Designer Drugs Such as “Pink” Being Banned

In November, the DEA classified the designer drug U-47700, otherwise known as Pink, as a Schedule I substance. Schedule I substances are drugs that haven proven to be highly addictive and have no known medical application for their usage, so with this classification, the drug is now illegal in the United States.

The ban on the designer drug comes after the drug caused at least 80 deaths throughout the last year and a need to control its usage and spread became apparent. Pink is part of the wave of new synthetic designer drugs to have made their way onto American shores over the past few years that have proven to be difficult to police due to the ever-changing nature of their chemical composition. Whenever one of these designer drugs is banned, a new one is created with a slight alteration to its chemical makeup in order to skirt American drug laws and this has proved problematic for law enforcement.

Whereas in the past, drug composition was fairly stable, the past few years have seen overseas drug producers creating new and sometimes lethal combinations of chemicals in order to attempt to reproduce the effects of already illegal drugs. This has created a large market for drugs of this kind, but the issue is that many people do not know exactly what they are taking.

As we have with drugs such as Bath Salts and Flakka, the effects produced can be life altering as these drugs can cause psychosis that results in permanent physical harm or legal troubles. Although they are marketed as legal, this does not mean that they are safe for consumption and people who use these substances do so at a tremendous risk to their own safety.

Pink is in the same synthetic opioid family as Carfentanil and it is said to be eight times as powerful as heroin. Majority of the substance is being imported from China, where it is made in laboratories specifically made for the creation of these types of drugs. It comes in a number of different forms and up until the ban last month could be purchased legally in a number of states.

synthetic drugs

Some proponents of drugs as such as the designer drug Pink say that they are a way to allow people who are addicted to opiates, to continue to use without having the legal risk involved in using illicit substances. They say that solving the drug problem in this country may mean that our hardline stances on abstinence-only need to be changed to take into account the physical changes that occur to the addicted mind. They feel that by allowing people who are addicted, and possibly not yet ready to stop, the possibility of getting high legally, we remove a lot of the social ills caused by the opioid epidemic in this country and keep people out of jail who did nothing but suffer from an illness.

While there is some validity to their claims, the problem with designer drugs like Pink is that there is no regulation on them and since they are imported from foreign countries, where the DEA and any other overseeing branches of the government have no authority, the possibility that the drug contains harmful and unwanted substances is greatly increased. A person who believes they are taking Pink could possibly be ingesting other substances as well and what reaction this will cause in them is unknown.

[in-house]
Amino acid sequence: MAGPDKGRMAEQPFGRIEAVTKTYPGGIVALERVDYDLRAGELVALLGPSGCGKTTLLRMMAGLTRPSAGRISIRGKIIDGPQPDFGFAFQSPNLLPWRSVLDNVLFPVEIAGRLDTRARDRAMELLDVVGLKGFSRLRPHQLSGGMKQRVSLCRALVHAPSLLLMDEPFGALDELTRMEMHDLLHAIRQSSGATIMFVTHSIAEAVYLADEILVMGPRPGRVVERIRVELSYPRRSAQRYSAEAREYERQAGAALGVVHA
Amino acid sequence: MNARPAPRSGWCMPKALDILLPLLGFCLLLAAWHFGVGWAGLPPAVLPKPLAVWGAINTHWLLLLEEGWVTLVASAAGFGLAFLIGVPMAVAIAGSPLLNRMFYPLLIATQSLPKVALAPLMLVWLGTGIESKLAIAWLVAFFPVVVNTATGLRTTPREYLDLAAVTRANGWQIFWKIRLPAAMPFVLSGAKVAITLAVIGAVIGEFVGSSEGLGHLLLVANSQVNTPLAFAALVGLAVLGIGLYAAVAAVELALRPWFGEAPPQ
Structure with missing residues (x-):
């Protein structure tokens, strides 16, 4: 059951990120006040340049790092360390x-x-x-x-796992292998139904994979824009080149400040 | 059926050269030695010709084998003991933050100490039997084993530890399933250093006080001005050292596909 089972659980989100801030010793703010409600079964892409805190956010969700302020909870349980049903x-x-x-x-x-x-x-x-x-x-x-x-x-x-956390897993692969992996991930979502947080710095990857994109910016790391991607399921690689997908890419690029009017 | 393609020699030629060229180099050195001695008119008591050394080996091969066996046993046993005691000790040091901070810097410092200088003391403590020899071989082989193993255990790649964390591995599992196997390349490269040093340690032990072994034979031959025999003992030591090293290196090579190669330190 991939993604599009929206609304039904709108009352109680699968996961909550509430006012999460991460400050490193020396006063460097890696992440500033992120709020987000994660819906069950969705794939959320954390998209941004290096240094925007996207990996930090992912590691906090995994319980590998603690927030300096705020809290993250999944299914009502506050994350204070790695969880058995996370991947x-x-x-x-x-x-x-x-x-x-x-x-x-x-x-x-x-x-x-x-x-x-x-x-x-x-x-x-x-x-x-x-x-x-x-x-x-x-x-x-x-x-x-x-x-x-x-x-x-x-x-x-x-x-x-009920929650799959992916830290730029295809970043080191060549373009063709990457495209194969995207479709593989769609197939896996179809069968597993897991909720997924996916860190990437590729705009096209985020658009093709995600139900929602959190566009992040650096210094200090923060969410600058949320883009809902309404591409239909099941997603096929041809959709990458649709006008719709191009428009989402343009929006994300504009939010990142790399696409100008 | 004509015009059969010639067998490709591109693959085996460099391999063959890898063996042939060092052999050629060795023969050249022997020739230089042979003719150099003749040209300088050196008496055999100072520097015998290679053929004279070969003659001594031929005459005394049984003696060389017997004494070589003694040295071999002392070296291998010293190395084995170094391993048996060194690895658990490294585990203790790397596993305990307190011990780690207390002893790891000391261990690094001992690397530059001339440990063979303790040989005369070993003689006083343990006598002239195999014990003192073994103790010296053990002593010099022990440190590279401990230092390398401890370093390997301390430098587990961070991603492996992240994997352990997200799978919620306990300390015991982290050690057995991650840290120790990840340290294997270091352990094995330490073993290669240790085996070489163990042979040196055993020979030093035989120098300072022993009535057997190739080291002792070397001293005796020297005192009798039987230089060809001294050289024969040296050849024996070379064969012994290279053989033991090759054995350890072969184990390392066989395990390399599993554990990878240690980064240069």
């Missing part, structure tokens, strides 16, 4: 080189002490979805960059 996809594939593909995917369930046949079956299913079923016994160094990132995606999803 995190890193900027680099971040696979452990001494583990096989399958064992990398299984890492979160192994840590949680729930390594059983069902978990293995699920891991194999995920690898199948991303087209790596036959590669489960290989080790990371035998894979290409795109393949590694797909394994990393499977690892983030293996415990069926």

Now that the drug has been banned for sale in the US, this means that there will more than likely be a new drug, if there isn’t one already, released sometime soon, causing the cycle to continue all over again. How exactly the United States keeps up with the constantly changing world of synthetic drugs is beyond our grasp right now, but it seems that our current mode of operation might be antiquated at this point.

The Synthetic Drug Abuse Prevention Act of 2012 was a good start in our fight against synthetic drugs, as it banned outright a number of the substances that go into making these drugs, but even in that, drug producers are finding new methods to get around the laws at every step of the way. This is why it is important to educate people on the dangers of these drugs and to continue to dispel the myth that just because you can buy something from a convenience store or head shop does not mean that it is safe to use.

Seeking Treatment For Pink or Designer Drugs

Some people may feel that because they haven’t been abusing traditional drugs like cocaine or heroin that they do not need treatment. They may feel that because their substance is easily attained over the Internet or in stores that they are fine, but this could not be further from the truth.

Drug addiction and alcoholism are not contingent on the substance that you use or how often that you use it. A person who only drinks once a week could be an alcoholic, just as a person who drinks every day could be an alcoholic. In fact, alcoholism and drug addiction are still present even after the substances have stopped being used. Any person who has attempted to stop for a period of time and found that the drawback to substance use was so strong that they could not resist it can attest to this, so if you feel that you may have a problem with substance abuse, it is best to seek professional medical help, rather than try to go it alone.

If this sounds like you and you think that you need help for your addiction, then call the professional at Dream Center for Recovery today at 1-877-978-3148. Our trained staff is standing by to help you in any way that they possibly can and we know what you need in order to break free from your addiction and start a new life in recovery. So don’t delay, our trained staff is standing by to take your call.